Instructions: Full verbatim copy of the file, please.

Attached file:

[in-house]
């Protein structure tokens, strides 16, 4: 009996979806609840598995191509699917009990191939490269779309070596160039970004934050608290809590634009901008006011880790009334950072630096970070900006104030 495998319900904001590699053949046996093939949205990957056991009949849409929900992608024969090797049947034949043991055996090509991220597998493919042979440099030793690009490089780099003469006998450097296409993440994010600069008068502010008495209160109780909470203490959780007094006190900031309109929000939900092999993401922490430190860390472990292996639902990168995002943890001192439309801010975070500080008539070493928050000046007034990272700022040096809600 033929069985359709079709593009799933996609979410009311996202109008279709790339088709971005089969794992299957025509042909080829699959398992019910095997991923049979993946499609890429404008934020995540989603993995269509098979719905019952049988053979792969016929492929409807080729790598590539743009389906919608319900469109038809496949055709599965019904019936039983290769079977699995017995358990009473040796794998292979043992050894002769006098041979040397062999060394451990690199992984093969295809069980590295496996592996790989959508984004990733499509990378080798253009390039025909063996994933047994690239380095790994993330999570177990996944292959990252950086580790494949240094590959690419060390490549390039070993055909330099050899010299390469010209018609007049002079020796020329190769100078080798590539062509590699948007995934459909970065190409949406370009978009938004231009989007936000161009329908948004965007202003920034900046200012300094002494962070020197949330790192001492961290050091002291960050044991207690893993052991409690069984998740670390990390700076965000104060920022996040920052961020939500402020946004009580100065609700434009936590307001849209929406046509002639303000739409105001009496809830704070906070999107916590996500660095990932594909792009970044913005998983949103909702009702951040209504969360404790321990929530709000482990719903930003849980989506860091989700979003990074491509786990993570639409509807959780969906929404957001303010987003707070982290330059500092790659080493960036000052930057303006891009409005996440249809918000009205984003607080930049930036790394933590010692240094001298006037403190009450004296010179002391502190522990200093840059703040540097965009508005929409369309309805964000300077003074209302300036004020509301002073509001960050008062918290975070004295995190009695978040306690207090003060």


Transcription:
[in-house]
């Protein structure tokens, strides 16, 4: 009996979806609840598995191509699917009990191939490269779309070596160039970004934050608290809590634009901008006011880790009334950072630096970070900006104030 495998319900904001590699053949046996093939949205990957056991009949849409929900992608024969090797049947034949043991055996090509991220597998493919042979440099030793690009490089780099003469006998450097296409993440994010600069008068502010008495209160109780909470203490959780007094006190900031309109929000939900092999993401922490430190860390472990292996639902990168995002943890001192439309801010975070500080008539070493928050000046007034990272700022040096809600 033929069985359709079709593009799933996609979410009311996202109008279709790339088709971005089969794992299957025509042909080829699959398992019910095997991923049979993946499609890429404008934020995540989603993995269509098979719905019952049988053979792969016929492929409807080729790598590539743009389906919608319900469109038809496949055709599965019904019936039983290769079977699995017995358990009473040796794998292979043992050894002769006098041979040397062999060394451990690199992984093969295809069980590295496996592996790989959508984004990733499509990378080798253009390039025909063996994933047994690239380095790994993330999570177990996944292959990252950086580790494949240094590959690419060390490549390039070993055909330099050899010299390469010209018609007049002079020796020329190769100078080798590539062509590699948007995934459909970065190409949406370009978009938004231009989007936000161009329908948004965007202003920034900046200012300094002494962070020197949330790192001492961290050091002291960050044991207690893993052991409690069984998740670390990390700076965000104060920022996040920052961020939500402020946004009580100065609700434009936590307001849209929406046509002639303000739409105001009496809830704070906070999107916590996500660095990932594909792009970044913005998983949103909702009702951040209504969360404790321990929530709000482990719903930003849980989506860091989700979003990074491509786990993570639409509807959780969906929404957001303010987003707070982290330059500092790659080493960036000052930057303006891009409005996440249809918000009205984003607080930049930036790394933590010692240094001298006037403190009450004296010179002391502190522990200093840059703040540097965009508005929409369309309805964000300077003074209302300036004020509301002073509001960050008062918290975070004295995190009695978040306690207090003060």